1. #1
    Forum Member

    Join Date
    Feb 2011
    Posts
    1

    Default ADVICE NEEDED!! How to better support our FF men?

    What are some of the things that your gfs/wives dont understand about your career... but if they did, it would make it easier on you? What sorts of things do your gfs/wifeys do that best support you (besides all the good nookie)?

    Thanks in advance for the feedback
    Last edited by Bailee2009; 04-07-2011 at 01:04 AM.

  2. #2
    Forum Member
    truckedup133's Avatar
    Join Date
    Dec 2010
    Location
    Indiana
    Posts
    131

    Default

    I wish you all understood that being at the station is like being at home. We love it there.
    Last edited by truckedup133; 02-24-2011 at 01:26 AM.
    "It's a living thing brian..."

  3. #3
    Forum Member

    Join Date
    Apr 2004
    Location
    Bossier Parrish, Louisiana
    Posts
    10,674

    Default

    Cold beer in the fridge when it's hot.

    Hot soup on the stove when it's cold.

    Fresh baked cookies all the time.

    And a little nookie after a hard structure fire.

  4. #4
    Forum Member
    IronValor's Avatar
    Join Date
    Feb 2011
    Location
    Richmond, Kentucky
    Posts
    210

    Default

    My girl always knows when I have had a rough shift. Usually we will go out and eat or if she sees that Im not much on going out I get something homecooked. There is always a cold beer and a warm smile waiting on me and I always know that she has My back no matter what.

    Behind every good Fireman. There is a great woman.. Usually rolling her eyes
    Do not let the ghosts of our fallen brothers gaze upon you and ask " What have you done to my profession?" FTB DTRT EGH

  5. #5
    MembersZone Subscriber

    Join Date
    Mar 2006
    Location
    Southern California
    Posts
    813

    Cool Support

    Lots of "nookie" and not just any nookie, but the good stuff.....

    Emotional support is always great..... Don't tell him that you "know what he's going through", unless you've been on the nozzle or are a former FF.

    Remember God gave us all (2) ears and (1) mouth, so be willing to listen twice as much as you speak.

    As far as reducing the work schedule stress, be willing to pick-up some slack and be independent when he's gone. Few things bug me more than when I get a phone call about how I didn't empty the trash or something that I didn't get to more than likely because she gave me another miniscul task to complete.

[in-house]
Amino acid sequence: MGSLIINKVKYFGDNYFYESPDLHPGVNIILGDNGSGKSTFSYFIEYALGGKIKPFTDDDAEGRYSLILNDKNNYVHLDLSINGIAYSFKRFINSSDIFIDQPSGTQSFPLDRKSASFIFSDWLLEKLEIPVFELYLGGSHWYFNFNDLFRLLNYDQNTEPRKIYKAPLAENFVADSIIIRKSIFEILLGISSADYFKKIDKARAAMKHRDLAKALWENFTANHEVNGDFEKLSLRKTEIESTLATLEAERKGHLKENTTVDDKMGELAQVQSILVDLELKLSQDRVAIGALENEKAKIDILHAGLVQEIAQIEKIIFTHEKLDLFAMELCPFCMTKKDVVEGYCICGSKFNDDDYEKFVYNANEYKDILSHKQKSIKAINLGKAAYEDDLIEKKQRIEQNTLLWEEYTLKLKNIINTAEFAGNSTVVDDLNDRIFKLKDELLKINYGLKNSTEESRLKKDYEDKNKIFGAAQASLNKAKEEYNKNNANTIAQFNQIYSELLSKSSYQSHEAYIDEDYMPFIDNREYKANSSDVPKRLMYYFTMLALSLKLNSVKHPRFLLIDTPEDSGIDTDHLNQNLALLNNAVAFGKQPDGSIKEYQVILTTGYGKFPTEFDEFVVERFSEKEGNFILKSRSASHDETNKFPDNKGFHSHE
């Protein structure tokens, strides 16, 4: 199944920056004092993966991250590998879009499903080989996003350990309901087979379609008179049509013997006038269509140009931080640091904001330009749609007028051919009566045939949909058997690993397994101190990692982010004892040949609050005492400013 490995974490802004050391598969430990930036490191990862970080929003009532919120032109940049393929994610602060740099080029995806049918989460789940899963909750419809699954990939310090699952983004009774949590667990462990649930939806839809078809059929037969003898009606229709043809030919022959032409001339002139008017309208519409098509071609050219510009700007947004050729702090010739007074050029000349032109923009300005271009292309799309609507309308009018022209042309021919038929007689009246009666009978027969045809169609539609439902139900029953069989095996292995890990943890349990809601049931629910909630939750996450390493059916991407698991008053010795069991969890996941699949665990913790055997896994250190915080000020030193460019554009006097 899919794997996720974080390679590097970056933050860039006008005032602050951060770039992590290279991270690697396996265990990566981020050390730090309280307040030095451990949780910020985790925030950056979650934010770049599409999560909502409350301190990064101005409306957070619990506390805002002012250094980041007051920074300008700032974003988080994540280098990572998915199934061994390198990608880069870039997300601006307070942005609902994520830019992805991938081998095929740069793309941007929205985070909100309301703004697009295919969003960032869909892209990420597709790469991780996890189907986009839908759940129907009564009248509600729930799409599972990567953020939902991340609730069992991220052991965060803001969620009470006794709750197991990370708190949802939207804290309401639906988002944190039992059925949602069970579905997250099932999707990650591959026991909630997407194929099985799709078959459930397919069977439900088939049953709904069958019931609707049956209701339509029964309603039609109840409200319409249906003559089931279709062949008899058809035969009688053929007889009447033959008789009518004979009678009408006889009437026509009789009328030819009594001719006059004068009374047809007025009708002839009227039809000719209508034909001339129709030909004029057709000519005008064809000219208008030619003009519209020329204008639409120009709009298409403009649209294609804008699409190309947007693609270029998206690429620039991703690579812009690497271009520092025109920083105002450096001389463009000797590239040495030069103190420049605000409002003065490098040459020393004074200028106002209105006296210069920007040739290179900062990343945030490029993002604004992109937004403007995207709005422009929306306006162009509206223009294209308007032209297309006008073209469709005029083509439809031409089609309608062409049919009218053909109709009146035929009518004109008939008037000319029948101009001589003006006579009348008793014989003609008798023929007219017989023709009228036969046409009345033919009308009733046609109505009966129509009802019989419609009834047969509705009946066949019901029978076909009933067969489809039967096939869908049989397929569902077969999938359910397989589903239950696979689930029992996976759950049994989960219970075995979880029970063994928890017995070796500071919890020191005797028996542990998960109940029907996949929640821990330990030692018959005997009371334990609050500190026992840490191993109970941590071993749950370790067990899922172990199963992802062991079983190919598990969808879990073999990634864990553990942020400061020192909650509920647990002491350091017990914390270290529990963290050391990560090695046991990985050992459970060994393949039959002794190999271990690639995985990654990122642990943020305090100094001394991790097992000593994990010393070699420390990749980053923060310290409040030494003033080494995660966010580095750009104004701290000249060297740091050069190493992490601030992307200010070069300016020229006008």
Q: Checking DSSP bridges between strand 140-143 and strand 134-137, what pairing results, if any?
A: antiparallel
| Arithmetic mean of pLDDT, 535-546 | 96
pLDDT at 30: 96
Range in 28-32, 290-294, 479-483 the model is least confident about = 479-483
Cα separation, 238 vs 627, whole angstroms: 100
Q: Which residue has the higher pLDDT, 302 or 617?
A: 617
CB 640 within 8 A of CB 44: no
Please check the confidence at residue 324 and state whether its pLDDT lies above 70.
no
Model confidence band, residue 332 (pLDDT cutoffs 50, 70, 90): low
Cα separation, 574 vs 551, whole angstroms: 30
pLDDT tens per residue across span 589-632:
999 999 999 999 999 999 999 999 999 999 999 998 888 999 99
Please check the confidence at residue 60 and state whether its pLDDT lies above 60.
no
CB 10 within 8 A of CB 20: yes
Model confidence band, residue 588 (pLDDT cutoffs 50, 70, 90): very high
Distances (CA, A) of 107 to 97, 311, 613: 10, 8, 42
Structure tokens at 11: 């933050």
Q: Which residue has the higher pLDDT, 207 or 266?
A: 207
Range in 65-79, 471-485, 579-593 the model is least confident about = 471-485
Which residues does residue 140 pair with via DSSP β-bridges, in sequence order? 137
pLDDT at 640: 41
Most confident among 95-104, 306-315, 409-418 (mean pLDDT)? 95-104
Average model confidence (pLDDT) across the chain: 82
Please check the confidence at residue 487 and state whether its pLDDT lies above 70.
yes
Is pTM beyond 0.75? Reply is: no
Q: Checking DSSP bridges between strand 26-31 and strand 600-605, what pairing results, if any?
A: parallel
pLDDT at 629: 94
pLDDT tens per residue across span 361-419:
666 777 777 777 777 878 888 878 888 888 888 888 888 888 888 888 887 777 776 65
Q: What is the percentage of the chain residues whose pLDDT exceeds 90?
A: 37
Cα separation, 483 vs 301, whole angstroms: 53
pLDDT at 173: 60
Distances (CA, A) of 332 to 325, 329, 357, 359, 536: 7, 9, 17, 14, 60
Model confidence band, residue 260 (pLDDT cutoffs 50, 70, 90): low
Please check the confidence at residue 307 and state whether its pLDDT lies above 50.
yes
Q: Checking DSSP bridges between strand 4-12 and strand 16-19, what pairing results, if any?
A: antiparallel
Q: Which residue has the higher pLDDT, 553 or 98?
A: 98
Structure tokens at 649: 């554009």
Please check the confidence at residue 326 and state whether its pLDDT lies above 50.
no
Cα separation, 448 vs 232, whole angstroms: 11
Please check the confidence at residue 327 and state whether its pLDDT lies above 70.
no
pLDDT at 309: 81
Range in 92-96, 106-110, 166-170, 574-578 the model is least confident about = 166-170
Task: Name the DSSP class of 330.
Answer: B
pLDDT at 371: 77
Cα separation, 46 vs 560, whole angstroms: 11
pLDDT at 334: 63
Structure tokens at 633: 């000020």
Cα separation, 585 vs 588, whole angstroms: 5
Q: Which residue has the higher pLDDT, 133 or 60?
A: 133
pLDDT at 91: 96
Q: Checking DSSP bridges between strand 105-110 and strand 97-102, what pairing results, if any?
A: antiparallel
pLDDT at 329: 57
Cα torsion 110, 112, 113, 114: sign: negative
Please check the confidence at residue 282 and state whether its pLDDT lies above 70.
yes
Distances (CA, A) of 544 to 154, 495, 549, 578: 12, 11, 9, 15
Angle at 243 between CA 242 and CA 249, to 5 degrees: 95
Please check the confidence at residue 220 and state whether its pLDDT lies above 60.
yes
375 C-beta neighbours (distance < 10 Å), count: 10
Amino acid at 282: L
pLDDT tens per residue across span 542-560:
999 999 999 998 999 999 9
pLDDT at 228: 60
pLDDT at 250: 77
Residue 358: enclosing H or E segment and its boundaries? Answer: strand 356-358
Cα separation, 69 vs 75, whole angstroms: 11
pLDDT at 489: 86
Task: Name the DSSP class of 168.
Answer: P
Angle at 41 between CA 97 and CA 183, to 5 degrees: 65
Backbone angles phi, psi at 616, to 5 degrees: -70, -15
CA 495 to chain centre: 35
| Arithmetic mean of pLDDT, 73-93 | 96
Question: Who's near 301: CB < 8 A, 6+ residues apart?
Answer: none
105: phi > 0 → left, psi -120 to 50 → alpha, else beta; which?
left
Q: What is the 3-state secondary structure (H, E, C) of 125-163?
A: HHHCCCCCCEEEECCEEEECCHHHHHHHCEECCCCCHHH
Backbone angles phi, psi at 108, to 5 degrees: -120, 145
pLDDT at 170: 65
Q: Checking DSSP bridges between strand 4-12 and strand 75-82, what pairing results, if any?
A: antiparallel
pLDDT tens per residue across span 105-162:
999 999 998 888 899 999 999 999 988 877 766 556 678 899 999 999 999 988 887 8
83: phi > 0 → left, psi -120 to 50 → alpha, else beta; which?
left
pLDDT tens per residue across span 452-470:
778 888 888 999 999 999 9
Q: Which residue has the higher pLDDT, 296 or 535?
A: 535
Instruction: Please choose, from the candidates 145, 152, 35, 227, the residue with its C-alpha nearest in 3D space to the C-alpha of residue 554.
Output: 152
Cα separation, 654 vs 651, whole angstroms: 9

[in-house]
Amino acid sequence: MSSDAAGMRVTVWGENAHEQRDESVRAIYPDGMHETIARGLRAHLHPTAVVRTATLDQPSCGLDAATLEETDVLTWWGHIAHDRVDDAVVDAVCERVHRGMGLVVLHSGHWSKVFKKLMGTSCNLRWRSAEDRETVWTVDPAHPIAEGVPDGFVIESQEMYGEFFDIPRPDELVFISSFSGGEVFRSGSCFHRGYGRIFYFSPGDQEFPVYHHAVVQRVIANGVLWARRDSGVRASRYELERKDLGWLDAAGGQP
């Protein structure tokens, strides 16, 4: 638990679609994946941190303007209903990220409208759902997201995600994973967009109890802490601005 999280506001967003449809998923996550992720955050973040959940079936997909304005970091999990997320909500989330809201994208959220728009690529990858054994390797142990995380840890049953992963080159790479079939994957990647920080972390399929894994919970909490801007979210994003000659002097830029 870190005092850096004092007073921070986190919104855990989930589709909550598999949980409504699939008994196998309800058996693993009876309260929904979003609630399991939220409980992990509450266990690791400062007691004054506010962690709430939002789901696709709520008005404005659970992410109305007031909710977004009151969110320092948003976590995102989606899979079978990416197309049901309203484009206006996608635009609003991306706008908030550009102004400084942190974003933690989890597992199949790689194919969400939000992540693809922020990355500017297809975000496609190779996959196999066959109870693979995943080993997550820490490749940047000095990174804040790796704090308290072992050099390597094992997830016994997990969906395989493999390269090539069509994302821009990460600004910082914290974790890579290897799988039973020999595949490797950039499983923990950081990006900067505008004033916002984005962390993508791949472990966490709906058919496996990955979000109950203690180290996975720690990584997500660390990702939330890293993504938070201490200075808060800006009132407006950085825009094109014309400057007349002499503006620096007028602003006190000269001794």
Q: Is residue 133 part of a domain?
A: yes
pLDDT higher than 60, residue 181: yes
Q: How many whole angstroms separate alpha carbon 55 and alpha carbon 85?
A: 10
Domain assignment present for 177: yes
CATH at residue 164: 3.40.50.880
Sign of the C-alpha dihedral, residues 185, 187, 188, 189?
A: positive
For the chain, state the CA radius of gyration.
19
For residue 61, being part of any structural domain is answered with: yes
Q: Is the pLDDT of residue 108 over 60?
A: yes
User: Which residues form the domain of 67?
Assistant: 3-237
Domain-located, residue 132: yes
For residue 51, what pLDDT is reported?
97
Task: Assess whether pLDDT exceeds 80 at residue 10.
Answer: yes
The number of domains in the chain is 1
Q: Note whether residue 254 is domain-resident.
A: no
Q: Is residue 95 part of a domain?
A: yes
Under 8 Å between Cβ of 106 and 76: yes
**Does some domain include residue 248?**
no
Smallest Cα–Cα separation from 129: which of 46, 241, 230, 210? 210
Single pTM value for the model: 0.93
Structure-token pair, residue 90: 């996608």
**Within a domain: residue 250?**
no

Don't tell your friends, sisters or anybody else what we share with you but this varies on what the topic is. If it's something you think the Captain may want to know (alcoholism, not dealing w/ the stress in a positive way, etc) then call the Captain. He may get upset initially, but when he gets into his correct state of mind he'll thank you and know that you care.

    When they make their 1st "Grab" make it a big deal, because it is. Ask if you can throw him a "Grab Barbecue" and invite the guys at the house, any close friends, any skeptics (those that were against him entering the FS, if there were any) and make the day about him. Let him tell the story and every time he does and enhances it a lil' bit, walk over and kiss him on the neck.

    If it won't be too embarrassing to him (don't know his personality) GET INVOLVED. This shows you respect the FS, want to understand what he may go through and should put you into a support function for the FD.

    Check for some CISM (Critical Incident Stress Management) Classes and if his FD doesn't have this, ask if he would help you to implement this for the family members/support personnel and the guys on the floor.

    When I met my current wife she visited, often helped us make dinner, did ride-outs (she's a Nurse now, but was an EMT at the time) and never told me that she understood what I was going through. She did say she understands why driving Code 3 is the most stressful time for a Driver/Engineer since nobody pulls-over or drives like they should. LOL.

    I had my wife read this and she says to add send him a text in place of a phone call. That way if he's on a call or in training it's a very minor interruption. Don't take it personal if he does not immediately respond also, chances are he's going to be busy or occupied at times. She is an amazingly strong woman that is way more intelligent than I deserve (yep, I'm smitten).

    Well..... As you can see I have a HUGE passion for helping folks help us (as a Captain I take this part of the Job very serious). If you have any other ?s feel free to ask.
    Last edited by mikeyboy; 02-26-2011 at 02:46 PM.
    "Be LOUD, Be PROUD..... It just might save your can someday when goin' through an intersection!!!!!"

    Life on the Truck (Quint) is good.....

    Eat til you're sleepy..... Sleep til you're hungry..... And repeat.....

  6. #6
    Forum Member
    RyanK63's Avatar
    Join Date
    Mar 2011
    Location
    Fleetville, Pennsylvania
    Posts
    240

    Default

    Quote Originally Posted by truckedup133 View Post
    I wish you all understood that being at the station is like being at home. We love it there.
    Amen to that.

    Quote Originally Posted by mikeyboy View Post
    Lots of "nookie" and not just any nookie, but the good stuff.....

    Emotional support is always great..... Don't tell him that you "know what he's going through", unless you've been on the nozzle or are a former FF.

    Remember God gave us all (2) ears and (1) mouth, so be willing to listen twice as much as you speak.

    As far as reducing the work schedule stress, be willing to pick-up some slack and be independent when he's gone. Few things bug me more than when I get a phone call about how I didn't empty the trash or something that I didn't get to more than likely because she gave me another miniscul task to complete.